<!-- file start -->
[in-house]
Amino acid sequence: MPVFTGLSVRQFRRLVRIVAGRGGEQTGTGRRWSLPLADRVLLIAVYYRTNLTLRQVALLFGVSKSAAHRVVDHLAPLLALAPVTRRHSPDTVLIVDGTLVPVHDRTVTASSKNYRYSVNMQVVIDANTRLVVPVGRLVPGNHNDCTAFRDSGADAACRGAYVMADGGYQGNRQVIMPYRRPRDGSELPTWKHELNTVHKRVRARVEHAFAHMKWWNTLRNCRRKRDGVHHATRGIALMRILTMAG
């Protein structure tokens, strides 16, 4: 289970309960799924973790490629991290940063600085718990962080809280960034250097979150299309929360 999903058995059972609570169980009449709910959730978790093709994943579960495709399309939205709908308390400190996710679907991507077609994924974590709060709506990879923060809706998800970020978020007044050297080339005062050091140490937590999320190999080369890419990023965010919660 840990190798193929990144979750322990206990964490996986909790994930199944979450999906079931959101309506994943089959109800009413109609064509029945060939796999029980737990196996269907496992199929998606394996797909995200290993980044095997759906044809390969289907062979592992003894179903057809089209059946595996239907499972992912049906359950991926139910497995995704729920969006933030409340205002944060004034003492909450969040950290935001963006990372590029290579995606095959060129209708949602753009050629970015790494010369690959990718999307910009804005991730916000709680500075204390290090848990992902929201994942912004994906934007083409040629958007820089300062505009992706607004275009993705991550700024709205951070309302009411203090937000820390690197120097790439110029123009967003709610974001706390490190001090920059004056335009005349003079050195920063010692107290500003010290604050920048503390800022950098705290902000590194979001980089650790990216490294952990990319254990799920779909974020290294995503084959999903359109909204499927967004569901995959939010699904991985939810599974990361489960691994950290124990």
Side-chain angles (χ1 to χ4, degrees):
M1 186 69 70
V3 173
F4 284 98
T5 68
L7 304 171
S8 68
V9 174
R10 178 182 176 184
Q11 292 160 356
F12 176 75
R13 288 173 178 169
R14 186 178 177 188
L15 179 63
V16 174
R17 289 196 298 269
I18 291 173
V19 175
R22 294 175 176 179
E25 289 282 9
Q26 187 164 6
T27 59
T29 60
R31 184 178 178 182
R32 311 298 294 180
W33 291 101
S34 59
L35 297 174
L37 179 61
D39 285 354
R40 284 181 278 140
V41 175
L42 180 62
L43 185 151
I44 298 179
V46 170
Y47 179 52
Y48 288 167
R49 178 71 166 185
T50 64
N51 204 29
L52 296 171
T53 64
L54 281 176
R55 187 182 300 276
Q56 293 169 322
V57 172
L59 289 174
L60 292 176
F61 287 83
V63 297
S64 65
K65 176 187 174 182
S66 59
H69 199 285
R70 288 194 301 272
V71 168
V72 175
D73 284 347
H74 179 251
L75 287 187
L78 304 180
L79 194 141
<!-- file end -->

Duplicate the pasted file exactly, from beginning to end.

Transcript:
[in-house]
Amino acid sequence: MPVFTGLSVRQFRRLVRIVAGRGGEQTGTGRRWSLPLADRVLLIAVYYRTNLTLRQVALLFGVSKSAAHRVVDHLAPLLALAPVTRRHSPDTVLIVDGTLVPVHDRTVTASSKNYRYSVNMQVVIDANTRLVVPVGRLVPGNHNDCTAFRDSGADAACRGAYVMADGGYQGNRQVIMPYRRPRDGSELPTWKHELNTVHKRVRARVEHAFAHMKWWNTLRNCRRKRDGVHHATRGIALMRILTMAG
């Protein structure tokens, strides 16, 4: 289970309960799924973790490629991290940063600085718990962080809280960034250097979150299309929360 999903058995059972609570169980009449709910959730978790093709994943579960495709399309939205709908308390400190996710679907991507077609994924974590709060709506990879923060809706998800970020978020007044050297080339005062050091140490937590999320190999080369890419990023965010919660 840990190798193929990144979750322990206990964490996986909790994930199944979450999906079931959101309506994943089959109800009413109609064509029945060939796999029980737990196996269907496992199929998606394996797909995200290993980044095997759906044809390969289907062979592992003894179903057809089209059946595996239907499972992912049906359950991926139910497995995704729920969006933030409340205002944060004034003492909450969040950290935001963006990372590029290579995606095959060129209708949602753009050629970015790494010369690959990718999307910009804005991730916000709680500075204390290090848990992902929201994942912004994906934007083409040629958007820089300062505009992706607004275009993705991550700024709205951070309302009411203090937000820390690197120097790439110029123009967003709610974001706390490190001090920059004056335009005349003079050195920063010692107290500003010290604050920048503390800022950098705290902000590194979001980089650790990216490294952990990319254990799920779909974020290294995503084959999903359109909204499927967004569901995959939010699904991985939810599974990361489960691994950290124990």
Side-chain angles (χ1 to χ4, degrees):
M1 186 69 70
V3 173
F4 284 98
T5 68
L7 304 171
S8 68
V9 174
R10 178 182 176 184
Q11 292 160 356
F12 176 75
R13 288 173 178 169
R14 186 178 177 188
L15 179 63
V16 174
R17 289 196 298 269
I18 291 173
V19 175
R22 294 175 176 179
E25 289 282 9
Q26 187 164 6
T27 59
T29 60
R31 184 178 178 182
R32 311 298 294 180
W33 291 101
S34 59
L35 297 174
L37 179 61
D39 285 354
R40 284 181 278 140
V41 175
L42 180 62
L43 185 151
I44 298 179
V46 170
Y47 179 52
Y48 288 167
R49 178 71 166 185
T50 64
N51 204 29
L52 296 171
T53 64
L54 281 176
R55 187 182 300 276
Q56 293 169 322
V57 172
L59 289 174
L60 292 176
F61 287 83
V63 297
S64 65
K65 176 187 174 182
S66 59
H69 199 285
R70 288 194 301 272
V71 168
V72 175
D73 284 347
H74 179 251
L75 287 187
L78 304 180
L79 194 141